Cancer patients celebrate life

June 07, 1998|By DON AINES

CHAMBERSBURG, Pa. - Dr. Douglas Hess has seen "cancer from the other side of the treatment table."

The family physician from Shady Grove, Pa., told a group of about 200 cancer survivors and family members Sunday that his lung cancer was discovered a year ago. He said it was diagnosed as stage four and likened that to golf because "you like low scores, not high scores."

Under sunshine and showers, the cancer survivors gathered for National Cancer Survivors Day outside the Cancer Treatment Center at Chambersburg Hospital, where staff members and volunteers handed out plastic leis.

"Last year it was a country and western theme. This year we're going with the island luau," said Shendelle Clapper, a social worker at the center.


"Everyone's case is unique," Hess told the gathering. Despite advances in treatment, he said the disease takes a different course with each patient, with some surviving beyond expectations and others succumbing too quickly.

"Some doctors call it the host factor or the immune response factor ... I call it the God factor," Hess said.

Hess likened it to farming. A farmer can follow all the latest scientific methods, but has no control over the rain or hail that can produce, or destroy, a crop.

He said the prayers of family and friends have been a factor.

"I am convinced this has been instrumental in my survival," he said.

Dr. George Dawson, a radiation oncologist at the center, said the support of family and friends can be crucial to a patient's outcome.

"That's why we have so many support groups," he said.

"I thought I was going to a scary dungeon ... This center was a lot of help to me," said Kathy Piper of Shippensburg, Pa., who was diagnosed with cancer in March 1996.

More than two years later, she is cancer-free, but remembers the fear.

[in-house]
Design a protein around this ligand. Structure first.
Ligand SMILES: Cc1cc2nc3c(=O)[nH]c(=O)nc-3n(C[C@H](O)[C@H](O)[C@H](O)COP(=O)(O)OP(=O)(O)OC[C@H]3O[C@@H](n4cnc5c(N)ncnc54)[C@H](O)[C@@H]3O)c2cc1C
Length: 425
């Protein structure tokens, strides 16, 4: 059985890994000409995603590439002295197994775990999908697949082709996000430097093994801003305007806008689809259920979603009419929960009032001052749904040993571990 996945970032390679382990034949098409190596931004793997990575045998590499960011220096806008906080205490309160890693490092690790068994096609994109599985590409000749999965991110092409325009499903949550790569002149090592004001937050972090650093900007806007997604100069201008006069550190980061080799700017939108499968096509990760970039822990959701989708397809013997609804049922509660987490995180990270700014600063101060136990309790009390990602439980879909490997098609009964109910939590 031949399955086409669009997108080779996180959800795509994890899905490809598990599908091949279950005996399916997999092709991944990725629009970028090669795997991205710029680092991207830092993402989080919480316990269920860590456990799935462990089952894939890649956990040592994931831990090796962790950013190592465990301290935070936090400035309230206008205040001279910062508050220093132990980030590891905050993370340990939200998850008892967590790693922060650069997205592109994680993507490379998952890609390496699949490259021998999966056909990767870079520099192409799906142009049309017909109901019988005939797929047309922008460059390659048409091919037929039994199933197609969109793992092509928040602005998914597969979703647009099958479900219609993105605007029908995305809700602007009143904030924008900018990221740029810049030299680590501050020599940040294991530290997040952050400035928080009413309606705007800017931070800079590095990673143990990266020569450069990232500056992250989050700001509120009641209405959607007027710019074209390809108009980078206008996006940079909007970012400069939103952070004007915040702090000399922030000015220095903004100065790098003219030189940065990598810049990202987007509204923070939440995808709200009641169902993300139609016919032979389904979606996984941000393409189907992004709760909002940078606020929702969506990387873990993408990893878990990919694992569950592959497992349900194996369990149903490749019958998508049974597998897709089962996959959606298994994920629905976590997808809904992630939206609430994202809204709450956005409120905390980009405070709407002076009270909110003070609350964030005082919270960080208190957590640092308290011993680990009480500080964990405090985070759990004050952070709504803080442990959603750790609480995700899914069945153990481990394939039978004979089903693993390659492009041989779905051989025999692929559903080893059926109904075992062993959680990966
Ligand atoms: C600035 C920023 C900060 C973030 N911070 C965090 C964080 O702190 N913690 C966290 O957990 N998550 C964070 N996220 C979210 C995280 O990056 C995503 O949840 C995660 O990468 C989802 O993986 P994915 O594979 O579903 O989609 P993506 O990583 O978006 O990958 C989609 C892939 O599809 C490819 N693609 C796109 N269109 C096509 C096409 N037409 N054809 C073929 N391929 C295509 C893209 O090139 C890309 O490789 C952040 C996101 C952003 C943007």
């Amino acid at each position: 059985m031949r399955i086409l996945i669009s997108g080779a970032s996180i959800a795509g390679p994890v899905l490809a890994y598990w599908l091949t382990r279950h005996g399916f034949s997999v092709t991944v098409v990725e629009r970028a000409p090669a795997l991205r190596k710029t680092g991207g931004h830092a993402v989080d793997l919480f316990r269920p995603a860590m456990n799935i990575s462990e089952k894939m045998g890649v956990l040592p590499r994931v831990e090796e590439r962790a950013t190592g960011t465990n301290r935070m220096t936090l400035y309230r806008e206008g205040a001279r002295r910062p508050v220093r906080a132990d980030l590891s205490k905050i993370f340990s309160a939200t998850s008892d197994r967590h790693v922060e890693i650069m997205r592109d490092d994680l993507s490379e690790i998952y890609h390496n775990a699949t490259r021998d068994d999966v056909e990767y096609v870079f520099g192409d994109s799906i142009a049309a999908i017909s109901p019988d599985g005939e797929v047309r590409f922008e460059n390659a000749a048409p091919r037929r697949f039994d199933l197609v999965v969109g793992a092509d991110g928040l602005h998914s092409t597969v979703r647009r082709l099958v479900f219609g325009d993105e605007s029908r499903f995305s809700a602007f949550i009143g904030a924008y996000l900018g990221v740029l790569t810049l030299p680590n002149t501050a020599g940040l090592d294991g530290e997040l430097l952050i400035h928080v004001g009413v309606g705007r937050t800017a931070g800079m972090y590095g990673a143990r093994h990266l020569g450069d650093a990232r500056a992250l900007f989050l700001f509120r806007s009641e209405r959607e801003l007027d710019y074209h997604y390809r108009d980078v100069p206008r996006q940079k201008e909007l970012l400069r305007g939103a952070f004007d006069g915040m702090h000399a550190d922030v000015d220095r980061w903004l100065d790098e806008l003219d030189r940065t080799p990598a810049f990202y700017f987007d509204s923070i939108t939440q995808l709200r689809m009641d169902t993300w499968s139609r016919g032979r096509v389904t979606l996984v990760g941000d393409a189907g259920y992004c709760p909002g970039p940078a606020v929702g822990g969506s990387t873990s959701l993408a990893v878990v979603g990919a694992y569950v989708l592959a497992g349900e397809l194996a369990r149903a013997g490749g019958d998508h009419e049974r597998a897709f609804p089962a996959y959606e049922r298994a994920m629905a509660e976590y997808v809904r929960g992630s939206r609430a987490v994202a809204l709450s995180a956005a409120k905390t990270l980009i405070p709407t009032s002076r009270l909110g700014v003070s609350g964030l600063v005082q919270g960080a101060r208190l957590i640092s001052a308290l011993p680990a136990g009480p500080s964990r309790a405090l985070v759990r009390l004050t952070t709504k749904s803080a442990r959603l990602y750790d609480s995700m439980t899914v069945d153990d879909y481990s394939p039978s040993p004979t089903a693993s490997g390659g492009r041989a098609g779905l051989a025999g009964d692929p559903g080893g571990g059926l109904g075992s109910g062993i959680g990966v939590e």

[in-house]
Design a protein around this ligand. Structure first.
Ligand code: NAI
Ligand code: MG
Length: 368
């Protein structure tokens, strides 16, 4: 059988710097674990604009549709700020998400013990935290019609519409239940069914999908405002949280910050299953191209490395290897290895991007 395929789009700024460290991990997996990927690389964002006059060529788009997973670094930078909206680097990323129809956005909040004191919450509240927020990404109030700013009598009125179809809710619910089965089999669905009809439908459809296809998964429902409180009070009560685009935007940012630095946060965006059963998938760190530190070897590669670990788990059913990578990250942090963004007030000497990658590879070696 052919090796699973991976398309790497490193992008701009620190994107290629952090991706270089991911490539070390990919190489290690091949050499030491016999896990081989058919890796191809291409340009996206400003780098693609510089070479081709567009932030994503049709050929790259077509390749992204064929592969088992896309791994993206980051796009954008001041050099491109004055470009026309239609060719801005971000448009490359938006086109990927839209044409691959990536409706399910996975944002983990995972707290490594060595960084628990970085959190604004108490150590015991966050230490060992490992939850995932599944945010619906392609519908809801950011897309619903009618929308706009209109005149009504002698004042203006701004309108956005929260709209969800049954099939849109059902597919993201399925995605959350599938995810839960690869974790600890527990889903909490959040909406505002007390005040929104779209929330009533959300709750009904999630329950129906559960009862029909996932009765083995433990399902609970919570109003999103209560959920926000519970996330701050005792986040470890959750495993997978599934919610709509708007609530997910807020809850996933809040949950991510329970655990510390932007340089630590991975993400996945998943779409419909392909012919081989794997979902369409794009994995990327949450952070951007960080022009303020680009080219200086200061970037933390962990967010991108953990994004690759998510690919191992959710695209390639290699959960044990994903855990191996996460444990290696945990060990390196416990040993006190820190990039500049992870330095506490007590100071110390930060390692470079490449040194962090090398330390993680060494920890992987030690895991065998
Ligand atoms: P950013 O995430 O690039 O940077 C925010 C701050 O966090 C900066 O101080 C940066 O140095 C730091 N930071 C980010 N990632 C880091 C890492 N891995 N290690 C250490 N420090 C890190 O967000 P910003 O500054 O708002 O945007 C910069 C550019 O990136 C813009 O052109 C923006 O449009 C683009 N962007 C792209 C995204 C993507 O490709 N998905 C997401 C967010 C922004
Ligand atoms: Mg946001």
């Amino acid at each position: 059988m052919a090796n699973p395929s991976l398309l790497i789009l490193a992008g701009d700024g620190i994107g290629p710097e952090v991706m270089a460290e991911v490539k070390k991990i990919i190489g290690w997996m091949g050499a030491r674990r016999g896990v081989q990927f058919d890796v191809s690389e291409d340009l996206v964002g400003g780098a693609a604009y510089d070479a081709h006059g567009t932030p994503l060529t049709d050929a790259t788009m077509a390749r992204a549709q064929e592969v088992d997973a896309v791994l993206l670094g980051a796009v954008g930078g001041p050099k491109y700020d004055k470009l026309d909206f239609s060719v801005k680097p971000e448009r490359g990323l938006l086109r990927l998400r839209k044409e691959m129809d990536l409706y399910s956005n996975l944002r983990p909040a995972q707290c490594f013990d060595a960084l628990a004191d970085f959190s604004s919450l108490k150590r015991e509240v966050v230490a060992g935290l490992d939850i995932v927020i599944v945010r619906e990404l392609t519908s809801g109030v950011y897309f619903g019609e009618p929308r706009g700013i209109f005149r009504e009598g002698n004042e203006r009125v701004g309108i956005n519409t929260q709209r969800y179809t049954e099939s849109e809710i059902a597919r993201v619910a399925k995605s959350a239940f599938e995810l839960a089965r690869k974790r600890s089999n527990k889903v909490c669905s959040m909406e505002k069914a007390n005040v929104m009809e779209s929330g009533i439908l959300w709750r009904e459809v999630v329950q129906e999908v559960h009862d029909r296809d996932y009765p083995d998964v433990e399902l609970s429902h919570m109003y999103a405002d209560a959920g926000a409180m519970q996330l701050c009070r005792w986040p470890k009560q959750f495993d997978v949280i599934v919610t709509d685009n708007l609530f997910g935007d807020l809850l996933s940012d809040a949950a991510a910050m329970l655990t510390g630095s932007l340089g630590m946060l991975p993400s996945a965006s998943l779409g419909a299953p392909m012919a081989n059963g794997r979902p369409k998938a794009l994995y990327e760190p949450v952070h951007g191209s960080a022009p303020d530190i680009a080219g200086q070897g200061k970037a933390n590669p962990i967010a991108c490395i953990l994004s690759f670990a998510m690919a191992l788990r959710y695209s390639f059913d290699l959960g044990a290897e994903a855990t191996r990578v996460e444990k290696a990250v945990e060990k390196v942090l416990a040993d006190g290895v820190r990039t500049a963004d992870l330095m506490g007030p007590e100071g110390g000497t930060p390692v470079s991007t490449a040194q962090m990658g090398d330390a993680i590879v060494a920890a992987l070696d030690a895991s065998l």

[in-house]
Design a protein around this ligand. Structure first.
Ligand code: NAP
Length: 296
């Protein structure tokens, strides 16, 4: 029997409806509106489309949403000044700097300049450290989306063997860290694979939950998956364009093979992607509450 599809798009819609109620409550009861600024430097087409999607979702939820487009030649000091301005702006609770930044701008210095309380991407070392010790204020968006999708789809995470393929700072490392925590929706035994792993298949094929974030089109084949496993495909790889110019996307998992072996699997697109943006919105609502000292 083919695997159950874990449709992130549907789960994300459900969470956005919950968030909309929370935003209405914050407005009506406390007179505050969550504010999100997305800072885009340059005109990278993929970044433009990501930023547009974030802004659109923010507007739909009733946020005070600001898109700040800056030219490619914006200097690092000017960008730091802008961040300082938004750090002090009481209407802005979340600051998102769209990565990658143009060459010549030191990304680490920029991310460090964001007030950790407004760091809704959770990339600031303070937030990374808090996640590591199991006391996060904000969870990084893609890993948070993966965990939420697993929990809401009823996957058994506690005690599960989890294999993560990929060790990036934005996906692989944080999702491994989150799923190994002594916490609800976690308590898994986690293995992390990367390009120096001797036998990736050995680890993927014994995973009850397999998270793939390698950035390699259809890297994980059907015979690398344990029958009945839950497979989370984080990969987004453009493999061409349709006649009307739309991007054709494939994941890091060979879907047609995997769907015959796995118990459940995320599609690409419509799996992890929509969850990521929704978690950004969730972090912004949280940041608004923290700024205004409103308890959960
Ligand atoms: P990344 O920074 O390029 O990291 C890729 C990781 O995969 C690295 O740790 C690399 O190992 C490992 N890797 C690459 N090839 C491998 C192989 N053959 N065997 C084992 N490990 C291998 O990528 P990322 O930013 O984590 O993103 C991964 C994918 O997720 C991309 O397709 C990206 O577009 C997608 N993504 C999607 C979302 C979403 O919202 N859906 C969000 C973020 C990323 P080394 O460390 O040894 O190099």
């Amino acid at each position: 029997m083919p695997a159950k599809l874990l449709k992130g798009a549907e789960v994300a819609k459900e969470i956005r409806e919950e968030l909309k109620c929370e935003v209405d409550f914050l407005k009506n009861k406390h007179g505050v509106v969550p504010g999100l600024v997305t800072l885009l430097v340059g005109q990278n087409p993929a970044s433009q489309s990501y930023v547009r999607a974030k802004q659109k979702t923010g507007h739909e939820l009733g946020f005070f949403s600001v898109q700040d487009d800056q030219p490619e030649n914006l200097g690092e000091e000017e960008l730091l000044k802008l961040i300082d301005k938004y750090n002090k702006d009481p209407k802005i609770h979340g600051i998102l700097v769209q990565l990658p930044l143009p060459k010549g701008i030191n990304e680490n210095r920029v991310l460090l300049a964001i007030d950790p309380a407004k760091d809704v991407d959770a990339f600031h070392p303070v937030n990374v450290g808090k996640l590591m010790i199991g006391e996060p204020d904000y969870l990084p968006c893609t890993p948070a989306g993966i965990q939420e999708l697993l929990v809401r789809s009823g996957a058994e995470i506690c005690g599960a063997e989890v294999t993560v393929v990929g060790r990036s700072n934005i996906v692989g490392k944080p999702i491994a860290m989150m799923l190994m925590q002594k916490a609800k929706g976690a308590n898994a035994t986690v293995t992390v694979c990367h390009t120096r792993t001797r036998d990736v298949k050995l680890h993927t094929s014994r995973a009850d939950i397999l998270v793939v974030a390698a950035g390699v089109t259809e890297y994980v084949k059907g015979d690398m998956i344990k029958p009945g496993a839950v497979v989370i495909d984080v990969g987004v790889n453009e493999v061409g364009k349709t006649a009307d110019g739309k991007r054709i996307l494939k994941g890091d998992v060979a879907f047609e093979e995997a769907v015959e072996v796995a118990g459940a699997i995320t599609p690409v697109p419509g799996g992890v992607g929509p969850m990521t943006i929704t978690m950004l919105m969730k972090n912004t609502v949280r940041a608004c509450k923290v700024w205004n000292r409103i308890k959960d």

So does her husband, Paul.

"You have to pull together. You know they're dependent on you for support," said Paul Piper.

"He was there to hug me when I'd say, 'Why me?' And that happened a lot," she said.

Dawson said the center provides radiation treatment and support groups for patients and families, but will offer more in the future.

The center will be expanded to offer chemotherapy, pharmacy and laboratory services, community education, prevention courses and research.

Dawson said the center provides about 8,000 treatments a year for up to 800 patients.

Dawson said treatment regimens have improved, with research determining breast cancer patients have as good a survival rate with six months of chemotherapy as they used to with 12 months, with less risk of contracting leukemia. At the same time, he warned people to be wary of a recent rash of news stories about possible new treatments.

"Typically, these guys are trying to get two things: Money and a Nobel Prize," Dawson said of pronouncements by researchers about breakthroughs.

"It really brings out a lot of false hopes," he said.

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